PVC Nutrition & Raw Feeding

By Deb Haines

Recently there have been many nutrition related questions on PVC. Rather than the veterinarians spending time replying to every single one, we thought it would be best to post a file that covers all the nutrition basics you need to know

.Everyone wants to know which pet food is ‘best’. The answer to that is complicated, and therefore you should read this article written by a veterinary nutritionist from Tufts University on what questions you should ask any pet food company you are considering. If the pet food company meets these criteria it is far more likely the pet food will be excellent for your pet’s long-term health.


PVC Nutrition: By Dr. Maria Patink …….To give you a short list, the most commonly recommended pet food brands (at this point) are, in no particular order: Royal Canin, Purina Pro Plan, Hill’s and sometimes also Eukanuba. These companies meet all the criteria listed in the article above, and they go above and beyond the minimum threshold of nutrition research required in regards to bioavailability of nutrients and ensuring that the diets are balanced for long term health. These companies also have fed innumerable pets over decades with no issues.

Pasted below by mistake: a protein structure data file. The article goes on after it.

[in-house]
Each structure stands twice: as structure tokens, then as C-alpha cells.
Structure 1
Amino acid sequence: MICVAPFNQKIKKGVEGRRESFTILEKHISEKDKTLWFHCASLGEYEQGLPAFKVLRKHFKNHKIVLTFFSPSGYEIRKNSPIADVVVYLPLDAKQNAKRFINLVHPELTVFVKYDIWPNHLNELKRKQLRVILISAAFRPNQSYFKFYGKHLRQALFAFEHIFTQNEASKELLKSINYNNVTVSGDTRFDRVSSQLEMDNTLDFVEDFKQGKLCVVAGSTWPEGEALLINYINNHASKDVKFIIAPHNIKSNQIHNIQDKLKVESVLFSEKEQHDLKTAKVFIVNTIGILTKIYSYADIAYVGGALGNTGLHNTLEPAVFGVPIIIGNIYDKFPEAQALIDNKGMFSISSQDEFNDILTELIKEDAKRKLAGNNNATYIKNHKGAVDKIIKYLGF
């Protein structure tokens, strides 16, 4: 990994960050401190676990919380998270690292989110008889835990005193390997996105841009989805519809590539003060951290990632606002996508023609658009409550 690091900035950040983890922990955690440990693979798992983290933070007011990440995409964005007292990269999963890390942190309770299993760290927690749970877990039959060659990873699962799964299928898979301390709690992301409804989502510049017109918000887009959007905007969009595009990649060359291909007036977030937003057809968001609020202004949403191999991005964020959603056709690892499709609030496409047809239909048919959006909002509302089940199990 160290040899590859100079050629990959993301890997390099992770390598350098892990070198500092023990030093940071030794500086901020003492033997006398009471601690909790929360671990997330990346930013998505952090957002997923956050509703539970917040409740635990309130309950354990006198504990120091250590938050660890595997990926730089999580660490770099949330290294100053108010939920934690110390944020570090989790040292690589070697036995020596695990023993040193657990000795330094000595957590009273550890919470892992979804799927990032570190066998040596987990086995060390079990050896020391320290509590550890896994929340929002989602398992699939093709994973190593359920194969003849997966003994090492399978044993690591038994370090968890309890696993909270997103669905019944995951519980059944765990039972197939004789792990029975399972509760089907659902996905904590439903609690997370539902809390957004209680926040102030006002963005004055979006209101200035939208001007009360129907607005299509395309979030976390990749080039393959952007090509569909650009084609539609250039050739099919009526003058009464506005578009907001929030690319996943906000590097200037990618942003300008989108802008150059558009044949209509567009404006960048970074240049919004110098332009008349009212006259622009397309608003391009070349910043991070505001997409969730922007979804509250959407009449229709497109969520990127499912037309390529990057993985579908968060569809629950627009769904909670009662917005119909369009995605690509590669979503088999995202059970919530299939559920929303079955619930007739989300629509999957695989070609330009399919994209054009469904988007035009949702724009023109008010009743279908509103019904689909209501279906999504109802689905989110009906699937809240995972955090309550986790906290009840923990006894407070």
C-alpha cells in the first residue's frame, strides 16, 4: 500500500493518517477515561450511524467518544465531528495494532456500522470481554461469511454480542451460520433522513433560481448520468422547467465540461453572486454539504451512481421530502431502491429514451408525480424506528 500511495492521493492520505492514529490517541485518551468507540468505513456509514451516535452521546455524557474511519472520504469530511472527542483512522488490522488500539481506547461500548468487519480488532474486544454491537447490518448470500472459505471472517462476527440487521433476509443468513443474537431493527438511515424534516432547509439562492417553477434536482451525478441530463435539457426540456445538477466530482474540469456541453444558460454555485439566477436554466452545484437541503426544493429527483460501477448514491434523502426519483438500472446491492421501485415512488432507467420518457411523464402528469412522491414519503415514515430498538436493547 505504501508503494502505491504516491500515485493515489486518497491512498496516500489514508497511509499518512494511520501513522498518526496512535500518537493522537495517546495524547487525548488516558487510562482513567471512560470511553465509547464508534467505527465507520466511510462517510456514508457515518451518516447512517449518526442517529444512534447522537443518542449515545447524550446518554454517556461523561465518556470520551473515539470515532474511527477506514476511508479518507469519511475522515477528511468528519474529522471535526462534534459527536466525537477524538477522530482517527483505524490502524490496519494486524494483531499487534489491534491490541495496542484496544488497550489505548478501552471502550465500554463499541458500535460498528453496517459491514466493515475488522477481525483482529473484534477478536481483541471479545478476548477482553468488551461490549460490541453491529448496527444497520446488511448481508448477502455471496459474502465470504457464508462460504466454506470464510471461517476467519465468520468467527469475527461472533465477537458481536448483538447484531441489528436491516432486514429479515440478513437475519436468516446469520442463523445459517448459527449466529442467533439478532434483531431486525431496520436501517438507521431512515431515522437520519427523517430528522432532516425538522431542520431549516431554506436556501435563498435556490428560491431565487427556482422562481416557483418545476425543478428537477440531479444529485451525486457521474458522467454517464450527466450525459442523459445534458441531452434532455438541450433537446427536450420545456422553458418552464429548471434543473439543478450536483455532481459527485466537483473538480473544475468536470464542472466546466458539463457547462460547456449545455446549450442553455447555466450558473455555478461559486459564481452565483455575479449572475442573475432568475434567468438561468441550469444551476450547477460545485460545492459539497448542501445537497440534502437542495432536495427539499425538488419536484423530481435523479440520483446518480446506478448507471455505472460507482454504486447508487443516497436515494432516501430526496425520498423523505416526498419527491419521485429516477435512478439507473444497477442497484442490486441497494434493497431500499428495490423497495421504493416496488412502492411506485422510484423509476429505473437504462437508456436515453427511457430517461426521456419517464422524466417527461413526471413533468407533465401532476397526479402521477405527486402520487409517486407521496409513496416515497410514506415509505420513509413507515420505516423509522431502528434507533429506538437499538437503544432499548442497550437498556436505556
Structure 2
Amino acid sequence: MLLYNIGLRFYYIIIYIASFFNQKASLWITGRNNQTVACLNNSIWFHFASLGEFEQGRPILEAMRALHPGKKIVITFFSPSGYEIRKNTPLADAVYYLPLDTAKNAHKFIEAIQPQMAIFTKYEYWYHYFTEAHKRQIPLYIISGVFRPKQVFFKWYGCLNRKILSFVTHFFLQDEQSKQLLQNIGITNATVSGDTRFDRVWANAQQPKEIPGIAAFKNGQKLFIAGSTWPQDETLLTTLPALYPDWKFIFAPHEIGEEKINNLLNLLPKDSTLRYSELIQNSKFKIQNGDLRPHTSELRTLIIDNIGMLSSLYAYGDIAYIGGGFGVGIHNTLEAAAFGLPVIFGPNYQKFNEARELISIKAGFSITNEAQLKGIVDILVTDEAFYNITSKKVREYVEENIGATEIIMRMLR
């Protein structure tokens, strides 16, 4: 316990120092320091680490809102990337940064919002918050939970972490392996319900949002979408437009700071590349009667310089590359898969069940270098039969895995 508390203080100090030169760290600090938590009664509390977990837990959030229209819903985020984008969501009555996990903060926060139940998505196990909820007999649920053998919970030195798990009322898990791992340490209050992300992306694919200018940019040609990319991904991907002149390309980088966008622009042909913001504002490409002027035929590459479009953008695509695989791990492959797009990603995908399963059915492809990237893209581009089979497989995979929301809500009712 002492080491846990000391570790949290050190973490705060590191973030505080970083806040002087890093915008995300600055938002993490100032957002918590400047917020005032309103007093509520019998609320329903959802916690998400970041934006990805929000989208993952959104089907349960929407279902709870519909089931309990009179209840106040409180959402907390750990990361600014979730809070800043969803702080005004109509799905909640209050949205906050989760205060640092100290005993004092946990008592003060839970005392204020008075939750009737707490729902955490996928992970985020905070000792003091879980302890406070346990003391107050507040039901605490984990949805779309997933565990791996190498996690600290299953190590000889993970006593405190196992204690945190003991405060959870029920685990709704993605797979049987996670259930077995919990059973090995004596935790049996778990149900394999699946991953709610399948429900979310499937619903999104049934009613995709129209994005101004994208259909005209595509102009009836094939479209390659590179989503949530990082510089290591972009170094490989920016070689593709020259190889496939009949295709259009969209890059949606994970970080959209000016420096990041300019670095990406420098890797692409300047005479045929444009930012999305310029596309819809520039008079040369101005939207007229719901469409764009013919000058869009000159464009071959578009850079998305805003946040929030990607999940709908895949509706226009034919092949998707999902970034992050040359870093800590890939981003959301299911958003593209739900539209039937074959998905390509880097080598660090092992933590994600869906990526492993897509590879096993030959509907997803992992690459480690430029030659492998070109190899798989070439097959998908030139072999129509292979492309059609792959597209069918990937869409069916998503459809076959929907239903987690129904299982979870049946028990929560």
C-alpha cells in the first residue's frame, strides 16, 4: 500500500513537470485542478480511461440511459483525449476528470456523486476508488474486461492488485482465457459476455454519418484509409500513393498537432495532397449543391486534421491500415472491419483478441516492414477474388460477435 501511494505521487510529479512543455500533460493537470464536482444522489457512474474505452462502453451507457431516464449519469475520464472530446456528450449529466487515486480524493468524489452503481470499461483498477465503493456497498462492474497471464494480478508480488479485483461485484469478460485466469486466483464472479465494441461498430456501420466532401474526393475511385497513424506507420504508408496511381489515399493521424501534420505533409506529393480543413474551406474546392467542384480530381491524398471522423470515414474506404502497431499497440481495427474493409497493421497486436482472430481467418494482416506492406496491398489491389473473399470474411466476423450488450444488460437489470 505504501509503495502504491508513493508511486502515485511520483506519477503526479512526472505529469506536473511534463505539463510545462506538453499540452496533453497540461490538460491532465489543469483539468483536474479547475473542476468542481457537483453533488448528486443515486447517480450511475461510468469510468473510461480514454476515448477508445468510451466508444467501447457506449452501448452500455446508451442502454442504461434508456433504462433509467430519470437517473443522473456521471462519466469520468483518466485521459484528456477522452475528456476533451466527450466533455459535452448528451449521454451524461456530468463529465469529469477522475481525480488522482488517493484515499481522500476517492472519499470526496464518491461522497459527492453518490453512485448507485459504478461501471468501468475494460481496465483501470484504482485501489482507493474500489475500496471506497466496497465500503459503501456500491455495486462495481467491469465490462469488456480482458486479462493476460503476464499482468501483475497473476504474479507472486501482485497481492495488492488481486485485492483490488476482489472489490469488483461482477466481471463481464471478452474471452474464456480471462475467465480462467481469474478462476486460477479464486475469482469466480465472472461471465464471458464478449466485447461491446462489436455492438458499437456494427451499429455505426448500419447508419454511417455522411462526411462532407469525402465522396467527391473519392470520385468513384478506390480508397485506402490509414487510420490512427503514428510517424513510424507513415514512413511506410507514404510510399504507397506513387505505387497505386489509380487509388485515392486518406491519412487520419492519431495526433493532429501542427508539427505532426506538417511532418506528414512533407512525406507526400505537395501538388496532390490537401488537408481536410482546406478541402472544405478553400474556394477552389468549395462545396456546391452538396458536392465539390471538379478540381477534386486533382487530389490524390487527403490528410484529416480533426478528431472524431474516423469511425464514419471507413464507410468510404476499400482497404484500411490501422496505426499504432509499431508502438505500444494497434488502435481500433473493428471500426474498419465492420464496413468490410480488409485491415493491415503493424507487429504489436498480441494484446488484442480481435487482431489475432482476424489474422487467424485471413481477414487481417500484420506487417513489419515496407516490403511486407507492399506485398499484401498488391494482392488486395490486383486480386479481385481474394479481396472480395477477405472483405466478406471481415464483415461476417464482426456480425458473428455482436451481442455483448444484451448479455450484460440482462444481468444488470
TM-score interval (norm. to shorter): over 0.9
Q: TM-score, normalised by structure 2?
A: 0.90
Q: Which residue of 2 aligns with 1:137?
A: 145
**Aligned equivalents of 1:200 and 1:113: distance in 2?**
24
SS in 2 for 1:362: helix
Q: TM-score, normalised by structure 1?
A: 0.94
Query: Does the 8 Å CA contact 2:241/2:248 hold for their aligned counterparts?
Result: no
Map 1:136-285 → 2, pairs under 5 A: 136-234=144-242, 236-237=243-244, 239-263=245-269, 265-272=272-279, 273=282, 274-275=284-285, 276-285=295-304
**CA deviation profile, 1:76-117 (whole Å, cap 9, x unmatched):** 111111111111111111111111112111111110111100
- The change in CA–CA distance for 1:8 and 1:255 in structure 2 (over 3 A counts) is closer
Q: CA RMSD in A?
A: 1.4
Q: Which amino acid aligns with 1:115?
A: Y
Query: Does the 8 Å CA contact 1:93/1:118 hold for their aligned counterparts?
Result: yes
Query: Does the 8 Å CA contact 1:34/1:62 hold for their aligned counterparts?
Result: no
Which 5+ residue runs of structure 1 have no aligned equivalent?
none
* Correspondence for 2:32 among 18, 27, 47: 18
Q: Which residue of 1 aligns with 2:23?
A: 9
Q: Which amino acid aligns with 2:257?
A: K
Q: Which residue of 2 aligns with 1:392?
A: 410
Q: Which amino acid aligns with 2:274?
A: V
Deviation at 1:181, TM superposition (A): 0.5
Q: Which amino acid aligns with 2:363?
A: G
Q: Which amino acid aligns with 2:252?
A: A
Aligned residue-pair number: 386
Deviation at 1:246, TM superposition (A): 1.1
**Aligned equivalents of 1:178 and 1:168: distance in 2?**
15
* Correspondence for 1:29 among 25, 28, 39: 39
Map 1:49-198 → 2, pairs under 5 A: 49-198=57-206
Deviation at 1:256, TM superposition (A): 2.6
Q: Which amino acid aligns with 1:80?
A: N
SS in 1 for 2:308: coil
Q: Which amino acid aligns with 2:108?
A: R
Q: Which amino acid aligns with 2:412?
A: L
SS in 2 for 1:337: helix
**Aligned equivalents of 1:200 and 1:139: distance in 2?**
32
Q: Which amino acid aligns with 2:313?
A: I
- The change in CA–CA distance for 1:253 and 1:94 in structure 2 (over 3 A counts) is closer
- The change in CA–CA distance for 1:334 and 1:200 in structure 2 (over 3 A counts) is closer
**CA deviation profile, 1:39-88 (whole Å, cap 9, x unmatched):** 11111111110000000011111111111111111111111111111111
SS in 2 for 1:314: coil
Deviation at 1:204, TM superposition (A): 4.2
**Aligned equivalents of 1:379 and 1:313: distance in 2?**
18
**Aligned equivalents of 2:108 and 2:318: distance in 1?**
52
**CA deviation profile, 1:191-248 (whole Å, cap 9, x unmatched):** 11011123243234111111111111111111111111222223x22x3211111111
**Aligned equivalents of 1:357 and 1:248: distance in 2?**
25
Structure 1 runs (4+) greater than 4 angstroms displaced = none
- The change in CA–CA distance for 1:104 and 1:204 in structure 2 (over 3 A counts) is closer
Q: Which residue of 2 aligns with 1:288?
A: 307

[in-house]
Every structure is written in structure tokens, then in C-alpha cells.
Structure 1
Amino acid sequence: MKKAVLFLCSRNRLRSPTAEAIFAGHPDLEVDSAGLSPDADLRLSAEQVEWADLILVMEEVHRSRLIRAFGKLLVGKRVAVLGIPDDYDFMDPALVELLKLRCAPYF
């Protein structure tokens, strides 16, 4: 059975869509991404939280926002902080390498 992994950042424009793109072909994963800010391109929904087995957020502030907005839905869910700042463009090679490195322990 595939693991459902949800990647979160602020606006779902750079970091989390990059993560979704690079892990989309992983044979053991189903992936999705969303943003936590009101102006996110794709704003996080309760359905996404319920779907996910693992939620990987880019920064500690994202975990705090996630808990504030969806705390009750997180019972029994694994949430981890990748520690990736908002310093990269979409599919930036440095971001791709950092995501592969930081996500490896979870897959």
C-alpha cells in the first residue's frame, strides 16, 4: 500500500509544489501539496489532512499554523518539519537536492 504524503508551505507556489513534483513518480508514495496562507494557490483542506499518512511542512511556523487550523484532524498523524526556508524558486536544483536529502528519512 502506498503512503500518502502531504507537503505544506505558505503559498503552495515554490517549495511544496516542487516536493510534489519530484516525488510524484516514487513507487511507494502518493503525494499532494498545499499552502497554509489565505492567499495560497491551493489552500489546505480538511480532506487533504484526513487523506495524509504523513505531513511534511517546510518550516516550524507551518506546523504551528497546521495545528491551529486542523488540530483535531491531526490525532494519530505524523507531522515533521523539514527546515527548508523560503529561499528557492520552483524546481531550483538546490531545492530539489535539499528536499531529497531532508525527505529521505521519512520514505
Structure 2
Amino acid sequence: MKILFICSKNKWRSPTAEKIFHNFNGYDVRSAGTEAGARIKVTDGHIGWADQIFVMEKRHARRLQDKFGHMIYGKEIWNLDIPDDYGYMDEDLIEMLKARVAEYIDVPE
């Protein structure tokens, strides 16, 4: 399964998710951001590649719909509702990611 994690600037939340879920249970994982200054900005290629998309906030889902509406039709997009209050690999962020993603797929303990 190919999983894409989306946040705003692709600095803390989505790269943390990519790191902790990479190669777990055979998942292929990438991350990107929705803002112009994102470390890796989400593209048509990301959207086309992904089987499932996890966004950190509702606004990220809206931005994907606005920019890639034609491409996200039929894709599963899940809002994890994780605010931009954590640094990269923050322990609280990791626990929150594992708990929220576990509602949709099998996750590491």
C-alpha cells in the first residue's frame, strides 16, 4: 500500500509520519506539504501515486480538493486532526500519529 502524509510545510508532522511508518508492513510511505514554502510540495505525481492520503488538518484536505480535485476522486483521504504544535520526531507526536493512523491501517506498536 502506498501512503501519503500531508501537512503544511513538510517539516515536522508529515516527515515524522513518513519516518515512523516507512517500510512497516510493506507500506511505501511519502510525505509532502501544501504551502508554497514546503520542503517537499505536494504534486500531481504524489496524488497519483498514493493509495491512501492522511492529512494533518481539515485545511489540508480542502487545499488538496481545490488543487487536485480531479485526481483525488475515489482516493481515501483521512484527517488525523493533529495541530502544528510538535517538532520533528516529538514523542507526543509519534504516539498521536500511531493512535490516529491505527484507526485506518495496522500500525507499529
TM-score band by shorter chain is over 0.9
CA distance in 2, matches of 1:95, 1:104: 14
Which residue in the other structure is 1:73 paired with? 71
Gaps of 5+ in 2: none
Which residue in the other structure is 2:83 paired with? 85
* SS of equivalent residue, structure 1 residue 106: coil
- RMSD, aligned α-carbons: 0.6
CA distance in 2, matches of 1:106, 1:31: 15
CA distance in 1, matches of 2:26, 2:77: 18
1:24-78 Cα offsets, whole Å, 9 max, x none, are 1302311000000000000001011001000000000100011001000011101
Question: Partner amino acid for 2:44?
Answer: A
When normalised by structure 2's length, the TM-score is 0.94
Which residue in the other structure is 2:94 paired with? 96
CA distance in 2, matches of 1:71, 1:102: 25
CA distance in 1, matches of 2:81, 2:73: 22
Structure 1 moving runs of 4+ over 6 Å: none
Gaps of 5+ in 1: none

Next, let’s address grains, in particular. There has been a lot of false advertising in the last few years by a number of disreputable pet food companies implying grains are ‘bad’. This is a myth. Here’s a link to Ohio State’s nutrition page that discusses the actual definitions of the buzzwords and what the truth is about them. This page is also written by a veterinary nutritionist.


Additionally, less than 1% of pets have a grain allergy. So as of now, there is no reason to recommend feeding a grain free diet for the vast majority of pets. Given the research that is coming out showing dogs developing dilated cardiomyopathy from being fed the grain free diets, there is every reason to avoid them. Here is a link to a UC Davis article summarizing what is currently known. https://www.vetmed.ucdavis.edu/news/uc-davis-investigates-link-between-dog-diets-and-deadly-heart-disease